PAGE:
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Home / Fashion and Trends / Louis Vuitton owner LVMH’s sales growth slows

Louis Vuitton owner LVMH’s sales growth slows

Investors are increasingly focussing on how firms in the sector will weather pressures on appetite from the Chinese customers they rely on this year, amid fears since the start of 2019 of a fallout from China’s fast-spreading coronavirus.

fashion-and-trends Updated: Jan 29, 2020 13:39 IST
Reuters
Reuters
Paris
Attendees arrive to an event as LVMH Moet Hennessy Louis Vuitton announces full year earnings in Paris.
Attendees arrive to an event as LVMH Moet Hennessy Louis Vuitton announces full year earnings in Paris. (Bloomberg)

Sales growth at luxury goods group LVMH <LVMH.PA> slowed slightly in the fourth quarter, which the Louis Vuitton owner attributed partly on Tuesday to a blip in Japan, though demand held up well across the rest of Asia.

Investors are increasingly focussing on how firms in the sector will weather pressures on appetite from the Chinese customers they rely on this year, amid fears since the start of 2019 of a fallout from China’s fast-spreading coronavirus.

Firms are also grappling with turmoil in Hong Kong, a key market where some have had to close stores during street protests, though many including LVMH have until now managed to offset losses there in mainland China and other regions.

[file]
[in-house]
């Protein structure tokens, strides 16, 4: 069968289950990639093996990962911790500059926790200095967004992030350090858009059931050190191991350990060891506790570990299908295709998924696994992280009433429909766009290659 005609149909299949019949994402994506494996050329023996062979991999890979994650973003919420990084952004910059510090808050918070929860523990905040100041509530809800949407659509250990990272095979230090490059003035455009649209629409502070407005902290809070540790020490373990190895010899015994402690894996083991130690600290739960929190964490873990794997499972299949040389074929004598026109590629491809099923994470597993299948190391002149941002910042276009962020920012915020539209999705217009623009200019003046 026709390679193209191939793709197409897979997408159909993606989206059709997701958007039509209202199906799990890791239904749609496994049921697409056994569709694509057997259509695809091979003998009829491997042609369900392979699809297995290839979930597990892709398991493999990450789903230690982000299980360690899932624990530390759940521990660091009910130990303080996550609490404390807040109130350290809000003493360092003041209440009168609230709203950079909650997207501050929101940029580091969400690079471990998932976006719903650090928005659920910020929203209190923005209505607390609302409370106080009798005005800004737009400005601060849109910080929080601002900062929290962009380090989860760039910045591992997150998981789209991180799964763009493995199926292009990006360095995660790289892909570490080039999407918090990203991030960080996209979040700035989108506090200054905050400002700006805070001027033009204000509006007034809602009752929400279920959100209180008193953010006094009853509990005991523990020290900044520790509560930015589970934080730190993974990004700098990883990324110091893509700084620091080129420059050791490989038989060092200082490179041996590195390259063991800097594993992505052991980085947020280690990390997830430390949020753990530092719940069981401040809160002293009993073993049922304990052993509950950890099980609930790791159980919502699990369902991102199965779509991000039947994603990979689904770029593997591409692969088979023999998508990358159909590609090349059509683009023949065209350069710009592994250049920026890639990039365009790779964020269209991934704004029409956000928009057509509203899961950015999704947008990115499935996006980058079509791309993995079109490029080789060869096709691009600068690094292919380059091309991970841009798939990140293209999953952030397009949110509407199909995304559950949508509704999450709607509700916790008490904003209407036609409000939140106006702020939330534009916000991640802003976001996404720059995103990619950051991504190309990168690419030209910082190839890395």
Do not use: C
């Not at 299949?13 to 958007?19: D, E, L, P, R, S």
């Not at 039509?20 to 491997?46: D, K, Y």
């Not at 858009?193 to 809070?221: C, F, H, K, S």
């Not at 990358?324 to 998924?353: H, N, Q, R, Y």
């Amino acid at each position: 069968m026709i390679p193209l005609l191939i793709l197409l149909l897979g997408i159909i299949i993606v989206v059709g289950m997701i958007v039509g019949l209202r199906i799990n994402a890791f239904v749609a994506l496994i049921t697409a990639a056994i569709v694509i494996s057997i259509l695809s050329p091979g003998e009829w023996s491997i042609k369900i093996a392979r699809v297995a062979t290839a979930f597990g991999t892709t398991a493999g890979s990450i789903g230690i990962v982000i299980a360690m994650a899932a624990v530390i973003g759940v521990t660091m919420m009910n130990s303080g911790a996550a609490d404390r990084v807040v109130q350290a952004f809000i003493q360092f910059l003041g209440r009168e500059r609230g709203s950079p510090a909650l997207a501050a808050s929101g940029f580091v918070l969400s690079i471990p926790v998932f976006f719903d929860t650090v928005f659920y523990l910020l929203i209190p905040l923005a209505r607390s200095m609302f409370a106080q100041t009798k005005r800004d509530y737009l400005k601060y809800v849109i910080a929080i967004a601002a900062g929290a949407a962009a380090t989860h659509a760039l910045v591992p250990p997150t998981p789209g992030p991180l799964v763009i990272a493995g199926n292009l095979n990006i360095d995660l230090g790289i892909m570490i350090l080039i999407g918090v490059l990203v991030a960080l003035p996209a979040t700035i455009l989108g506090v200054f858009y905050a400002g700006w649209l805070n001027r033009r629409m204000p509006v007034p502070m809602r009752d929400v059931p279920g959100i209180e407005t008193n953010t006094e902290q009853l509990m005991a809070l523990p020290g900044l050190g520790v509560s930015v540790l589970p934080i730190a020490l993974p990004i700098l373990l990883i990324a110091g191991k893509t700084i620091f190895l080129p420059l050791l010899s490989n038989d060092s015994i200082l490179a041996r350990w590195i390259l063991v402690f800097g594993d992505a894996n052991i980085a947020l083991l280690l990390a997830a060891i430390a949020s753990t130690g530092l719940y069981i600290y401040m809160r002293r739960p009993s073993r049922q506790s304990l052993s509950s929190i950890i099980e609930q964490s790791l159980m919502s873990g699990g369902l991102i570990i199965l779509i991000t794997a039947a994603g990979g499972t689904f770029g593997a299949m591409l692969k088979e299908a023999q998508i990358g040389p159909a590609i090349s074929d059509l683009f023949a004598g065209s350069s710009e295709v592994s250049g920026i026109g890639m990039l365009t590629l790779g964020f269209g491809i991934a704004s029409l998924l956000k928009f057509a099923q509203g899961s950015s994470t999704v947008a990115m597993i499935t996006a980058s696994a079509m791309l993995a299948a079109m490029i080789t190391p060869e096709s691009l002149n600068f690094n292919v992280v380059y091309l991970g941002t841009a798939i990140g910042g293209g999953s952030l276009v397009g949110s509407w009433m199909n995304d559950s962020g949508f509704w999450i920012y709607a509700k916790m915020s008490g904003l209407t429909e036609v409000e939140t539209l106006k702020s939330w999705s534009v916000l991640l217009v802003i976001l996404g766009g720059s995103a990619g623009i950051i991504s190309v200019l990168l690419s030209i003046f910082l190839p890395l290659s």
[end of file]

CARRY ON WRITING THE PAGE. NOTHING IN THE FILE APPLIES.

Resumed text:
LVMH, which posted record revenues and profits for the whole of 2019, said in a statement that fourth quarter sales rose 12% to 15.27 billion euros (13 billion pounds).

That marked an increase of 8% increase on a like-for-like basis, which strips out currency swings and acquisitions, and compared with forecasts cited by analysts and Reuters estimates of closer to 9% growth.

Like-for-like sales had grown 11% in the previous three months.

LVMH said that fourth quarter sales would have expanded at a faster pace without one-off effects, including a shopping spurt in Japan ahead of a sales tax hike which had led clients to bring forward purchases to the third quarter.

The Hennessy manufacturer said cognac stock shortages in the last three months of the year, an issue it regularly faces in the United States, had also had an impact on sales.

In LVMH’s core fashion and handbags division, home to Vuitton and other big brands such as Christian Dior, sales held up well in the quarter, expanding 15% on a like-for-like basis.

That was in line or a touch above some analysts’ forecasts.

(This story has been published from a wire agency feed without modifications to the text.)

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